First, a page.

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Publication numberUS5264691 A
Publication typeGrant
Application numberUS 07/724,869
Publication dateNov 23, 1993
Filing dateJul 26, 1991
Priority dateJul 26, 1991
Fee statusLapsed
Also published asDE69221876D1, EP0596982A1, EP0596982A4, EP0596982B1, WO1993003492A1
Publication number07724869, 724869, US 5264691 A, US 5264691A, US-A-5264691, US5264691 A, US5264691A
InventorsDennis J. Hegyi
Original AssigneeHegyi Dennis J
Export CitationBiBTeX, EndNote, RefMan
External Links: USPTO, USPTO Assignment, Espacenet
System for determining the direction of incident optical radiation
US 5264691 A
Abstract
A photosensor arrangement produces an electrical signal responsive to the position of a source of light by employing a mask situated at a predetermined height above a plurality of photodetectors, such that as the sun moves with respect to the apparatus, a shadow is cast which is responsive to the location of the sun. An apparatus constructed in accordance with the invention has a plurality of photosensors, each having a respective substantially planar light-sensitive surface for receiving the input light from the sun over a predetermined range of positions. In a preferred embodiment where compactness is desired, the planar light-sensitive surfaces are arranged in a substantially coplanar relationship with respect to one another. The light mask, which has opaque and transparent portions, is arranged to overlie the substantially planar light-sensitive surfaces for determining the position-responsive sensitivity characteristic of the apparatus. In certain embodiments, a diffuser is interposed between the light mask and the photodetectors. The response characteristic of the apparatus can be determined by geometric analysis, or empirically using values which may be stored in a look-up table.
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Claims(16)
What is claimed is:
1. A photosensor arrangement for producing an electrical signal responsive to the position of a source of light with respect to the photosensor arrangement, the photosensor arrangement comprising:
a plurality of sensor means, each having a respective substantially planar light-sensitive surface for receiving an input light from the source of light over a predetermined range of positions of the source of light, said substantially planar light-sensitive surfaces being arranged adjacent to one another in a substantially coplanar relationship with respect to one another, each of said sensor means further having a respective output terminal for providing an output electrical signal responsive to said input light; and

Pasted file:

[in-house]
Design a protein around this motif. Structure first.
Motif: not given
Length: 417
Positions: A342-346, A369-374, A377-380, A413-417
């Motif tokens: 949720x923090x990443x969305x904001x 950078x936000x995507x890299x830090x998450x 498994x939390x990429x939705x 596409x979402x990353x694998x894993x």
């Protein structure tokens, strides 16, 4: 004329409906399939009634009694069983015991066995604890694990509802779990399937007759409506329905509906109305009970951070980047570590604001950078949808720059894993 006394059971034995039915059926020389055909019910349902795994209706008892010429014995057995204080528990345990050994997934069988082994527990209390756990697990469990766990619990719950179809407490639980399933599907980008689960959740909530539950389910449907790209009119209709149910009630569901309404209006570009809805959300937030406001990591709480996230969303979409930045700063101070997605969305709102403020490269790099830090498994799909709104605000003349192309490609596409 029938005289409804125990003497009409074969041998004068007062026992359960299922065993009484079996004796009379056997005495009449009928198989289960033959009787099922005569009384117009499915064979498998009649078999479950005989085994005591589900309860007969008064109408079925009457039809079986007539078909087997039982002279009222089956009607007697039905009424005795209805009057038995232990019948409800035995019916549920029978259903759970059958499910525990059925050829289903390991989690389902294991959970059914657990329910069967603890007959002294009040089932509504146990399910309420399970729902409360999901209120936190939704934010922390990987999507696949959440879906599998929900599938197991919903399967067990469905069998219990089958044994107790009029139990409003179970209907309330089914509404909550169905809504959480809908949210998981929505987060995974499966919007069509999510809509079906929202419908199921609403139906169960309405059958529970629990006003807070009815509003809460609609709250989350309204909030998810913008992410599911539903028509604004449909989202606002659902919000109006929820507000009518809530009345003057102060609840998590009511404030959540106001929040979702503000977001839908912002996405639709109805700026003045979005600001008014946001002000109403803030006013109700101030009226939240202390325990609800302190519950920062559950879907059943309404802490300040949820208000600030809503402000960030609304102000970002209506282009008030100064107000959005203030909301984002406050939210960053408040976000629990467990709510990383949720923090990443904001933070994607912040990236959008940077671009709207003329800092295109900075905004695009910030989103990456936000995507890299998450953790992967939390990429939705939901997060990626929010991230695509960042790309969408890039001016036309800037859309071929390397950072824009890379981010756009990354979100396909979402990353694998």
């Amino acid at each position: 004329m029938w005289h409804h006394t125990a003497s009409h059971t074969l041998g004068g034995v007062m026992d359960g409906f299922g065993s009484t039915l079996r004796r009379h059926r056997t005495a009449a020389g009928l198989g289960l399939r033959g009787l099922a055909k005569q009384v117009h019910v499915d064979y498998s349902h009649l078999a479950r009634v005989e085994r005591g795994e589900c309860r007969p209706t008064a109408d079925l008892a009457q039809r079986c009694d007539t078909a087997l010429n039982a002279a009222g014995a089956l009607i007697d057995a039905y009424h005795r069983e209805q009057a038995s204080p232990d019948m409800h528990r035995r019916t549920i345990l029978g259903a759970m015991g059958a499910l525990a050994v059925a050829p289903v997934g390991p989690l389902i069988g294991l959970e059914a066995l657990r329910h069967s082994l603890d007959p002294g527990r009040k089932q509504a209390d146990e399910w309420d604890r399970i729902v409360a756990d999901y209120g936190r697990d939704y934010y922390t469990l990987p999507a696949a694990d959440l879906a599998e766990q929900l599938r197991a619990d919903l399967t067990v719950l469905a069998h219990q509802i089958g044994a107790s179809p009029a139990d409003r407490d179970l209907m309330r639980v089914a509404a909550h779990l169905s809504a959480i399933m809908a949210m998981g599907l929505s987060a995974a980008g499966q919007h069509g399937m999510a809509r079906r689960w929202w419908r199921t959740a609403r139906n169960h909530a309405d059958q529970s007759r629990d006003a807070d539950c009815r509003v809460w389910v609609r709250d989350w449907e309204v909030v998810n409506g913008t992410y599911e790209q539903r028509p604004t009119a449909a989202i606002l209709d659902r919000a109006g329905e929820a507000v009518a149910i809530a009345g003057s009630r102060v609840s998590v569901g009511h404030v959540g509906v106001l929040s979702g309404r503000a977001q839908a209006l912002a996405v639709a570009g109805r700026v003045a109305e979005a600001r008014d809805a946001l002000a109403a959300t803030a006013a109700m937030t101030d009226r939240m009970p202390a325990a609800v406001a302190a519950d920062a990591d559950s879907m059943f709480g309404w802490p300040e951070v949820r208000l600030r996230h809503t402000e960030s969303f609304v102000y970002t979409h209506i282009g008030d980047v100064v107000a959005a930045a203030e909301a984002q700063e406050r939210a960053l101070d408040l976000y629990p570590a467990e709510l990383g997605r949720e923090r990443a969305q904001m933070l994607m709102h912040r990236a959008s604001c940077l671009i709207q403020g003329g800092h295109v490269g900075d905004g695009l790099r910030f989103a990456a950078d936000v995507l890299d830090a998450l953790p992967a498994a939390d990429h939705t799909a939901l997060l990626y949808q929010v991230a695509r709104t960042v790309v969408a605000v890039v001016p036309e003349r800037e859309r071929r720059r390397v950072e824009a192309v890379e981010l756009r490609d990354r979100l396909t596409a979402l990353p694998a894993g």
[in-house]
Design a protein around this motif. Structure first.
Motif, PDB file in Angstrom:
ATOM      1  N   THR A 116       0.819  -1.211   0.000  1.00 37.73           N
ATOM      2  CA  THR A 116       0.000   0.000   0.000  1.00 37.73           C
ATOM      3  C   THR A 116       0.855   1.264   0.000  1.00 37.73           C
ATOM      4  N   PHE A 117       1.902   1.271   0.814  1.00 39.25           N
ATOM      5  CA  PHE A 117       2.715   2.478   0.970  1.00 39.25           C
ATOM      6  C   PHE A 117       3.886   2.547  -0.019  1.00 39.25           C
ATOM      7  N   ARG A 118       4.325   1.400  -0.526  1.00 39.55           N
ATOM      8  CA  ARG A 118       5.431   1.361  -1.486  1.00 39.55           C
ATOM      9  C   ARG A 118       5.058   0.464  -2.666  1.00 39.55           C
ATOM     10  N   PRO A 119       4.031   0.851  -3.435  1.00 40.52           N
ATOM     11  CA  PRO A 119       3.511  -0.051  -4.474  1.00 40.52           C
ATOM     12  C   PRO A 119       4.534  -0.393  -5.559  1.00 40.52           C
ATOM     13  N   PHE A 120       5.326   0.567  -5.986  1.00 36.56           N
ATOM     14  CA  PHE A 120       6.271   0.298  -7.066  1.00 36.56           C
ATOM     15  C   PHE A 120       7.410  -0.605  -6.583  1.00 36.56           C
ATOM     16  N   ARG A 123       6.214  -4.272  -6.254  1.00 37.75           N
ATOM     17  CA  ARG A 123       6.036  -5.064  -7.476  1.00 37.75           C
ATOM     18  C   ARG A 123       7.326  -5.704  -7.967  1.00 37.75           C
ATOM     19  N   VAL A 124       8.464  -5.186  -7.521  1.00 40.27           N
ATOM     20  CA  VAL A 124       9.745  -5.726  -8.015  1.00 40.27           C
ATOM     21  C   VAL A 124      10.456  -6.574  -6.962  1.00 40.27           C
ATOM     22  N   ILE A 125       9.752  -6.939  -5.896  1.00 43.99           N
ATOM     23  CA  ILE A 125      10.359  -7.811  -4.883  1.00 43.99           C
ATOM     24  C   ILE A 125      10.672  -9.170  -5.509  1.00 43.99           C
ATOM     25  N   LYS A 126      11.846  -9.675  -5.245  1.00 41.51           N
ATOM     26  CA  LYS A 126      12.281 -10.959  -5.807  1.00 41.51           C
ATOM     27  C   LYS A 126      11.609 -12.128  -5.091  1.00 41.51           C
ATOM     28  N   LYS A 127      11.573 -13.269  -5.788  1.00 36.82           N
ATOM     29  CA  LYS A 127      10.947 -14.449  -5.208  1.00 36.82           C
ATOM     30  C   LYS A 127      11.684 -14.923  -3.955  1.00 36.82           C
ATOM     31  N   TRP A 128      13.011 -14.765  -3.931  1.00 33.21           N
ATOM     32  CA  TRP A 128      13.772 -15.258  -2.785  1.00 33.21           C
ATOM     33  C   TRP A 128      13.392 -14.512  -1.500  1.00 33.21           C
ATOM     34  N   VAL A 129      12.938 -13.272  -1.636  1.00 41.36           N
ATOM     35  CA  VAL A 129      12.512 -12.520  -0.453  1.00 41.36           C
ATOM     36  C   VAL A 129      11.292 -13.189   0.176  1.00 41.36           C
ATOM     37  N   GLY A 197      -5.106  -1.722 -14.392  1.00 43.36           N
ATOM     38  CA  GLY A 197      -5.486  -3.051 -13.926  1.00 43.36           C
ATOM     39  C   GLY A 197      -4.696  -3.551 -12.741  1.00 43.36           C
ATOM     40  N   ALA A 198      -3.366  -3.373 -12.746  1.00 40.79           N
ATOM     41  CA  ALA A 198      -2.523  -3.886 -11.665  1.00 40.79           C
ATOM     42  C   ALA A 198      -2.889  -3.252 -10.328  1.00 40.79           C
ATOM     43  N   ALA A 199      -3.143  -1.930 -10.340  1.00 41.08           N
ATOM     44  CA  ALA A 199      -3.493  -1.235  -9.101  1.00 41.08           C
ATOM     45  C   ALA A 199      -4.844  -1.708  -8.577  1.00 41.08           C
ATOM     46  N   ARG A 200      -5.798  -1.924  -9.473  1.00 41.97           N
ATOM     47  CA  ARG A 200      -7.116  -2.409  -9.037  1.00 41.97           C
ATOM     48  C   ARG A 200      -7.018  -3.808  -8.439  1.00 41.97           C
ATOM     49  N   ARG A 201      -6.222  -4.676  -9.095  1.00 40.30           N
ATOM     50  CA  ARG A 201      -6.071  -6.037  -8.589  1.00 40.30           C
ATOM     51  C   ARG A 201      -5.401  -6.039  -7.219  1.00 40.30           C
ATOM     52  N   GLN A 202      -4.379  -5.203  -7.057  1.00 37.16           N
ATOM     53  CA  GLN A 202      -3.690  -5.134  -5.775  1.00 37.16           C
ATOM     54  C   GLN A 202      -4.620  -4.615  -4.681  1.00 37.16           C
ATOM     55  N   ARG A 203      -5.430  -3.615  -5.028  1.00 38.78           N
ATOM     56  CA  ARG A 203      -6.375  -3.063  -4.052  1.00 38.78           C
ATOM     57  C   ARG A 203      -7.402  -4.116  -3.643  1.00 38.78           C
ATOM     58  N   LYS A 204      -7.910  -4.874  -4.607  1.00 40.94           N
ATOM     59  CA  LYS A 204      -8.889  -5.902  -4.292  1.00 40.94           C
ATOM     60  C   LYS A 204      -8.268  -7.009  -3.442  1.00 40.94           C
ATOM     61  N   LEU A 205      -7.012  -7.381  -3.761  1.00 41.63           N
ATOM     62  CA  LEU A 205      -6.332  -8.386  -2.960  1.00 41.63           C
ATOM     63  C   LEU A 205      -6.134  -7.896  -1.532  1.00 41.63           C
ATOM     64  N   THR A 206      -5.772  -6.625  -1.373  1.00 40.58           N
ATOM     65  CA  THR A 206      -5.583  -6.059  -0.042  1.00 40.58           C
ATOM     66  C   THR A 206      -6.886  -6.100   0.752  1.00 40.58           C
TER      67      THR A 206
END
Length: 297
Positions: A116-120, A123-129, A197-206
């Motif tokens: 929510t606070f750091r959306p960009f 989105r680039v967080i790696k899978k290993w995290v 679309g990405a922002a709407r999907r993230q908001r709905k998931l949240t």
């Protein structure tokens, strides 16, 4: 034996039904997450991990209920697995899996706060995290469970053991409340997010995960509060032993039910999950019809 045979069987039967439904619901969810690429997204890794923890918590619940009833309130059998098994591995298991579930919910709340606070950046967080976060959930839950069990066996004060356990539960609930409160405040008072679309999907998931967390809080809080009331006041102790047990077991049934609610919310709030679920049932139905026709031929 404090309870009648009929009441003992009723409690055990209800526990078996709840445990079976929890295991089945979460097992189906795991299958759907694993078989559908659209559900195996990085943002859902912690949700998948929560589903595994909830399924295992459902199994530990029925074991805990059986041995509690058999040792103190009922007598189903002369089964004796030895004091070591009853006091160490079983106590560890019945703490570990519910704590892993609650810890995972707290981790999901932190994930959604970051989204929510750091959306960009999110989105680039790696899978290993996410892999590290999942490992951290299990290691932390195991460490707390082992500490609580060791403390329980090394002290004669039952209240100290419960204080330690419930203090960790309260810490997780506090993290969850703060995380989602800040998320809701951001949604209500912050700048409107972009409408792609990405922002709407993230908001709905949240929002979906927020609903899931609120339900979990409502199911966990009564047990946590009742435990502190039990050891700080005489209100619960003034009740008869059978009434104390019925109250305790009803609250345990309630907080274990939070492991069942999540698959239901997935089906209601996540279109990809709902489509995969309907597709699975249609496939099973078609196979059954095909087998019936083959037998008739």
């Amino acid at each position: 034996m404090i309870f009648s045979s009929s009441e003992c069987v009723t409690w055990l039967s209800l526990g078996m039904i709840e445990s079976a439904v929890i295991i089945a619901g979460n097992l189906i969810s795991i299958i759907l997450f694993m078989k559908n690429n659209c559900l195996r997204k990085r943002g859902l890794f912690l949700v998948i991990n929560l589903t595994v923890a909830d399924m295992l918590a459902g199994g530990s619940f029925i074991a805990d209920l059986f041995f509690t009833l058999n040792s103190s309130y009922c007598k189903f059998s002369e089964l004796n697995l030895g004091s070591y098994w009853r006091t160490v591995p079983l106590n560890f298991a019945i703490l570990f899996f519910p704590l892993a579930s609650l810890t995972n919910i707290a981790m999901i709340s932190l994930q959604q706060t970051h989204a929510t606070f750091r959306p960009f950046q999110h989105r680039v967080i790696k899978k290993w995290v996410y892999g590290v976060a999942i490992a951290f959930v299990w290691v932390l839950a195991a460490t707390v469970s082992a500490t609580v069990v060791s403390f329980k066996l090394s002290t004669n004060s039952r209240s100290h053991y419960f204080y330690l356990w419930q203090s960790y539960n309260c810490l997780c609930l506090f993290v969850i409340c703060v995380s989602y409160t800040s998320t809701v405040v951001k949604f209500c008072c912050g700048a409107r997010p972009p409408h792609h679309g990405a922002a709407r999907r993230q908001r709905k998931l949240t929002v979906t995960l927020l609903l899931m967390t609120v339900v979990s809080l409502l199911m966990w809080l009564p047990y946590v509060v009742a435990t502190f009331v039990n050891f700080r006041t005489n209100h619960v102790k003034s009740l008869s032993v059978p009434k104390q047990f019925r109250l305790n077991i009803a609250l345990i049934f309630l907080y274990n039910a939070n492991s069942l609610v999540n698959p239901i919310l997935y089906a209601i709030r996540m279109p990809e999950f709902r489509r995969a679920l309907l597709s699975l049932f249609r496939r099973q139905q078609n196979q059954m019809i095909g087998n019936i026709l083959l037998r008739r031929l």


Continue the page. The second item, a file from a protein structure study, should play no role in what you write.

light mask means arranged to overlie said substantially planar light-sensitive surfaces of said plurality of sensor means for determining a position-responsive sensitivity characteristic of the photosensor arrangement, whereby said output electrical signal is responsive to the position of the source of light, said light mask means being provided with a portion for modulating light from the source of light, said portion corresponding substantially in dimension and in configuration at least to a dimension and to a configuration of said plurality of sensor means.
2. The photosensor arrangement of claim 1 wherein said light mask means is arranged to overlie said substantially planar light-sensitive surfaces at a predetermined height h thereover.
3. The photosensor arrangement of claim 1 wherein there is further provided diffuser means interposed between said substantially planar light-sensitive surfaces and said light mask means, for diffusing light incident thereto, said diffuser means being arranged to overlie said substantially planar light-sensitive surfaces at a predetermined height d thereover and said light mask means is arranged to overlie said diffuser means at a predetermined height h thereover.
4. The photosensor arrangement of claim 3 wherein there is further provided data storage means for storing data responsive to a reflectivity characteristic of said diffuser means.
5. The photosensor arrangement of claim 1 wherein said mask means comprises a first portion for preventing transmission of said light from the source of light, and a second portion for permitting transmission of said light from the source of light to said light-sensitive surfaces of said sensor means.
6. The photosensor arrangement of claim 5 wherein said first portion of said mask means is arranged to cast a shadow on said light-sensitive surfaces of said sensor means in response to the position of the light source.
7. The photosensor arrangement of claim 6 wherein said output electrical signal at each respective output terminal of said plurality of sensor means is responsive to a proportion of illuminated area with respect to shadow area of an associated light-sensitive surface of a sensor means.
8. A system for determining the location of a source of optical radiation, the system comprising: